We could also talk about the Bobiverse series of novels, where a guy has his mind uploaded into a space exploration probe, and the planet breaks out into nuclear war when he's launched on an interstellar route, along with several others from other nations, in various directions. "Bob" is now entirely inhuman; he's a robotic space probe and his "mind" is code and hardware. He eventually realizes he needs to build a resource base to get back to Earth and see if he can help survivors, but he can't do it alone, so he does the only thing he can with his resources; he builds another probe and copies his own mind. And does it over and over and over. The different Bobs all copy slightly "different", but they're all Bob, and it gets fucky from there. I wouldn't say it's high literature, unlike Algernon, but it's an interesting take at least.

  5. #145
    Quote Originally Posted by PC2 View Post
    Walter Bishop did that to target certain memories that haunted him and not as a means of cognitive improvement. IIRC it actually made him disfunctional and so not necessarily a "better" man but simply more at peace with himself.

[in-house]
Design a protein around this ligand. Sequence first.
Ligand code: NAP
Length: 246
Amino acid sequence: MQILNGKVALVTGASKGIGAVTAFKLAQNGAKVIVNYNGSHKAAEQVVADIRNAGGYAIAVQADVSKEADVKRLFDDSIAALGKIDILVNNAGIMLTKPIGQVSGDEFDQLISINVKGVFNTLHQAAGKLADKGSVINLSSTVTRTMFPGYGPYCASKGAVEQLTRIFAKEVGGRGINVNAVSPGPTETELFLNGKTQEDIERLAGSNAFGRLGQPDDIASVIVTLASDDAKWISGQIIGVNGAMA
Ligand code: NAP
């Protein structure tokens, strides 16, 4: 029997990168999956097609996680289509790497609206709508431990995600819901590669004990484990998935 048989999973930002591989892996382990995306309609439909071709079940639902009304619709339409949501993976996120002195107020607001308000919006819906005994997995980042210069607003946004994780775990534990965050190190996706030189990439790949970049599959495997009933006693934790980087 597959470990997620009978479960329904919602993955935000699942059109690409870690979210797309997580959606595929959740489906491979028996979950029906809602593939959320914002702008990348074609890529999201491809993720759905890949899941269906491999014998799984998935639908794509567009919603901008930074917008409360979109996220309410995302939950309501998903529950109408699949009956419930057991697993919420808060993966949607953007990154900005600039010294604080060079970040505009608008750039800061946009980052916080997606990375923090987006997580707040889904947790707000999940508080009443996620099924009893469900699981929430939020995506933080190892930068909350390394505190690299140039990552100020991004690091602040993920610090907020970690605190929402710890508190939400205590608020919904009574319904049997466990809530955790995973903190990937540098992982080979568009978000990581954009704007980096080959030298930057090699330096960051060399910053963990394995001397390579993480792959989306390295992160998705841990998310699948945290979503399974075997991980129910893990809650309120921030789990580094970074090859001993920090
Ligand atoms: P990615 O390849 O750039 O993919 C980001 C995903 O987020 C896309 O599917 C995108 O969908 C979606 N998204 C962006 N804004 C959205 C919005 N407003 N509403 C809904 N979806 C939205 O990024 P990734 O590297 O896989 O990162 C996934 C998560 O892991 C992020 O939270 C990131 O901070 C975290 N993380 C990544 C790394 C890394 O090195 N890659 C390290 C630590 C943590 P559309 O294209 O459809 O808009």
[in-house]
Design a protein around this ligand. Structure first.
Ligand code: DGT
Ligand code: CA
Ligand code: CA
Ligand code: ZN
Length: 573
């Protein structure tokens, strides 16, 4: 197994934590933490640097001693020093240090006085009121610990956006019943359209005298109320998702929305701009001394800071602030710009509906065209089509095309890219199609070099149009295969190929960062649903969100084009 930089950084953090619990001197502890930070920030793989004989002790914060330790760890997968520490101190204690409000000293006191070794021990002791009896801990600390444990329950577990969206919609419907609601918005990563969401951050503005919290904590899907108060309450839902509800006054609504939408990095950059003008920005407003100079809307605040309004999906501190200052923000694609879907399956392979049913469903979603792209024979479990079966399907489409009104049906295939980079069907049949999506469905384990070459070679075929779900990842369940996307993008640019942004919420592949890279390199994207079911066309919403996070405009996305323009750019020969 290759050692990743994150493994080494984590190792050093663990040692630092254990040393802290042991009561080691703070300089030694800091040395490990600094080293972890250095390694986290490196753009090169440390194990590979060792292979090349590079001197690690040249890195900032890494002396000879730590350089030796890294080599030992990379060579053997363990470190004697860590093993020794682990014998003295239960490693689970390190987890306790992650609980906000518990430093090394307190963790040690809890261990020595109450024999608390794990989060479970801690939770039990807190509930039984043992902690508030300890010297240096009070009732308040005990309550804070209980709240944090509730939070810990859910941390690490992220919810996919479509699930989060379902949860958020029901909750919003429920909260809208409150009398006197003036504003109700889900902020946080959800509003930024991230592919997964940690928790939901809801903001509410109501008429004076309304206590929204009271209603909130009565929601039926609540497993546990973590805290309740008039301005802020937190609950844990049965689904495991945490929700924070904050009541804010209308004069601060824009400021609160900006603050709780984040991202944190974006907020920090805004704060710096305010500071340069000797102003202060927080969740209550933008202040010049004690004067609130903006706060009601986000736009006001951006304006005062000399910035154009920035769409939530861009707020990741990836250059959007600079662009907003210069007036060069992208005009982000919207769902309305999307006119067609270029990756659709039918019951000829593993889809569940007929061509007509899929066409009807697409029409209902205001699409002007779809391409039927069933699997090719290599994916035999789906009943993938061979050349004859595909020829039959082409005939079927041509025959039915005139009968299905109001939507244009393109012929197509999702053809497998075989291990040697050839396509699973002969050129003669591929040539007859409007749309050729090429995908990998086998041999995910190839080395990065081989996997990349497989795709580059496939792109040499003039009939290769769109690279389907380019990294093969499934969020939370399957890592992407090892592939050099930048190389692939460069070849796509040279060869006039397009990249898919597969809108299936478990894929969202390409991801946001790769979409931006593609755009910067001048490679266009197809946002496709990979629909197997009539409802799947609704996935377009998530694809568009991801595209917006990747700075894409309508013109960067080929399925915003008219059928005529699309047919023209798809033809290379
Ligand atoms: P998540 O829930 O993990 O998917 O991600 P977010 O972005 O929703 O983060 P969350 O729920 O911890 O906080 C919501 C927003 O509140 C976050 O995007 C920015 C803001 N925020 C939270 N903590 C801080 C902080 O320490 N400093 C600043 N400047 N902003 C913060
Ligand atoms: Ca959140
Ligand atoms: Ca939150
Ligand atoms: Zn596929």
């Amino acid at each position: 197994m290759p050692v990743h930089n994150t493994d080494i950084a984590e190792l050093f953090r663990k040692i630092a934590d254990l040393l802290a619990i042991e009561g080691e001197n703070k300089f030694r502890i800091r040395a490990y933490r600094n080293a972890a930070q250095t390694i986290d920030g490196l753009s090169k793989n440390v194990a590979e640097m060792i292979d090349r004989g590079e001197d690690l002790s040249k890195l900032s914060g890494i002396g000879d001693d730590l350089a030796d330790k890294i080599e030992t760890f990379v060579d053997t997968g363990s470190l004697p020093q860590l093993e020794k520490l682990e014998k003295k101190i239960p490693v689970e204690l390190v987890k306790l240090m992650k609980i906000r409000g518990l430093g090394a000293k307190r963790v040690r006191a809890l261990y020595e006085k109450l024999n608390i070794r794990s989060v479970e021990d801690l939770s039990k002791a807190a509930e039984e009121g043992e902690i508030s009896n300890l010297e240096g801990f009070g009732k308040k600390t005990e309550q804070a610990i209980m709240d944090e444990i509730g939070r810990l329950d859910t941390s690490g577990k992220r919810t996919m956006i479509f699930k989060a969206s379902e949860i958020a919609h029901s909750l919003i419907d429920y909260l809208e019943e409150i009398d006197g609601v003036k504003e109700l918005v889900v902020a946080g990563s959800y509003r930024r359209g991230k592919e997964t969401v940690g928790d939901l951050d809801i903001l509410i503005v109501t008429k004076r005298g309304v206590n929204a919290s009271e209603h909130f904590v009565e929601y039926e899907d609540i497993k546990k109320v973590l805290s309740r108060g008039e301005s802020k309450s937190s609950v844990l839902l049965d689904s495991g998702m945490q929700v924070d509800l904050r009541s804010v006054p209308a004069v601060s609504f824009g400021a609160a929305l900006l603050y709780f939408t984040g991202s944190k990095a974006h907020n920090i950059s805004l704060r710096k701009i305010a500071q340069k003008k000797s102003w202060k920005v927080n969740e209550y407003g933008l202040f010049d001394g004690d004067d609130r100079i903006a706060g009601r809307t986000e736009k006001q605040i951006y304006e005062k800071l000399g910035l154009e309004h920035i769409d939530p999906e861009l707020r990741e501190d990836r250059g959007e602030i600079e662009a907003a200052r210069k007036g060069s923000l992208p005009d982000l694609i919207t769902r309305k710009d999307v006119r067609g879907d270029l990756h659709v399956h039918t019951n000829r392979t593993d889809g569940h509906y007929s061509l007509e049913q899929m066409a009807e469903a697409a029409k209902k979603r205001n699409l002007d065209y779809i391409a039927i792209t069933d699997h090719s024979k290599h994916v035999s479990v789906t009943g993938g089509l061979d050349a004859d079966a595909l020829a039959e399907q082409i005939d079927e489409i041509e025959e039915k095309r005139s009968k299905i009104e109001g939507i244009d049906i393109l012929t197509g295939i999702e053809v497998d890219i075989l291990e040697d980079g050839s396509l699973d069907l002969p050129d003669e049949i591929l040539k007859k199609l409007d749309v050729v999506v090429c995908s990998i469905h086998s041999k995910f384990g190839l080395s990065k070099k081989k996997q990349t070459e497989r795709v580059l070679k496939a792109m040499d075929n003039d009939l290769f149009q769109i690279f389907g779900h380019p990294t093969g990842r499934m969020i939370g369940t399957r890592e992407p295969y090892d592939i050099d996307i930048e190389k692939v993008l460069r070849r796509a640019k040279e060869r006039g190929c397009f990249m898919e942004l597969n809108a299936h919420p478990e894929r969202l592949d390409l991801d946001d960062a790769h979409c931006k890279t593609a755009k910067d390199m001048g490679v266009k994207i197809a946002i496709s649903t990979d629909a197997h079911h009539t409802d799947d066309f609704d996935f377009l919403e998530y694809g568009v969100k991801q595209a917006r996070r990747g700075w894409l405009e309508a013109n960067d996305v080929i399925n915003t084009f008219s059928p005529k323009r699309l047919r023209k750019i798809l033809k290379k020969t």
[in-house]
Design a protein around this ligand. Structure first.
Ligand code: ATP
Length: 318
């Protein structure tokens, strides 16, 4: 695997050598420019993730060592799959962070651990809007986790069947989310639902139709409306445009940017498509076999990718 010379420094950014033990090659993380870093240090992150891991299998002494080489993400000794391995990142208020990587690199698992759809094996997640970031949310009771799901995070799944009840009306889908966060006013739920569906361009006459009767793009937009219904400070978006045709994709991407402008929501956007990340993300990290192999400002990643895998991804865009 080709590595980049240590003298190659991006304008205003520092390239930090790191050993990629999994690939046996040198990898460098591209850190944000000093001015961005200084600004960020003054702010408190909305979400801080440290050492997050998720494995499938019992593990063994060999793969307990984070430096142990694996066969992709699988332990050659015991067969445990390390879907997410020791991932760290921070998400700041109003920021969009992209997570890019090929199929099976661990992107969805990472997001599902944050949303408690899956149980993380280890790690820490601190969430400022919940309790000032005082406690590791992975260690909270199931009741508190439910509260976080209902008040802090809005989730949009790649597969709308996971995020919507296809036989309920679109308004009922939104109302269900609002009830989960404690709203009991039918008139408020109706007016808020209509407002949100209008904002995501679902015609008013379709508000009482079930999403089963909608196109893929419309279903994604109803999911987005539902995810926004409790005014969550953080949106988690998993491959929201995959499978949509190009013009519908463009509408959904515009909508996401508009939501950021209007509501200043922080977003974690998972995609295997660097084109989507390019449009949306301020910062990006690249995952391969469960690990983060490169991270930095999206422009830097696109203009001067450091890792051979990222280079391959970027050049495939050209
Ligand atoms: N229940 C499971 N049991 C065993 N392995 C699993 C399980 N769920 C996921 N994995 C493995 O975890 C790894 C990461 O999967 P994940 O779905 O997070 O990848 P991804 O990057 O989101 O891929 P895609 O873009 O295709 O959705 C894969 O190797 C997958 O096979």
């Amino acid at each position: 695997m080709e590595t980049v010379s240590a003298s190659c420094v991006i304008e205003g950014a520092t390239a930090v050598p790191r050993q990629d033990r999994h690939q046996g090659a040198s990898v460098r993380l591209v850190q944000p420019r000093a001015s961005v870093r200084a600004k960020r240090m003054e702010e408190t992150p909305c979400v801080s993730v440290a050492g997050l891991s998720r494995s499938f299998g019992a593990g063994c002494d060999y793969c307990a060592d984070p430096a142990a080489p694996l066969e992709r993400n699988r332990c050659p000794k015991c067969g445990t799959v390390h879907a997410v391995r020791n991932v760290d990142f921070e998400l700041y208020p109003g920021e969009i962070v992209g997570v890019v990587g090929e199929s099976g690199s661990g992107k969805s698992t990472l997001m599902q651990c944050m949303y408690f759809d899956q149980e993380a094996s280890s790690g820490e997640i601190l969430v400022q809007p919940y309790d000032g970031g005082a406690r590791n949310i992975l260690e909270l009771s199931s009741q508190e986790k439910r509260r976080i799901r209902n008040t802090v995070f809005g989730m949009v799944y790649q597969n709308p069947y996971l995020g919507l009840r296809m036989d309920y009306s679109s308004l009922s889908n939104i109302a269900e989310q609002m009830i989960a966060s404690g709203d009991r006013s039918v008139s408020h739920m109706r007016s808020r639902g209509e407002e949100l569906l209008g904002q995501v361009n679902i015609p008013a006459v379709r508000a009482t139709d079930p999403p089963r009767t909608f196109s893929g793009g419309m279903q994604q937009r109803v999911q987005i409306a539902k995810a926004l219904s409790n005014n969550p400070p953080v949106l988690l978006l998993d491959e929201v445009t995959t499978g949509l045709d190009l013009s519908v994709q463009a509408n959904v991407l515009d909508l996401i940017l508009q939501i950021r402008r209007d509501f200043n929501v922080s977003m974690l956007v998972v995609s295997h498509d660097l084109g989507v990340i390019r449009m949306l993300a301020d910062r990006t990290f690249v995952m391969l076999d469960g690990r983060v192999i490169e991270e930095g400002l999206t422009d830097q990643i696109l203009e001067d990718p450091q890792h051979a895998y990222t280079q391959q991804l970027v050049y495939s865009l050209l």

Astrid said it to him..."It made you a better father."
    He didn't care for cognitive improvement when he remembered what a colossal dick he was. And when the process was reversed in the last season, he demanded that his brain be returned to it's "impairment." It's telling in the story that as much as he admired high intelligence, he didn't believe it made a better person.

    - - - Updated - - -

    Quote Originally Posted by Endus View Post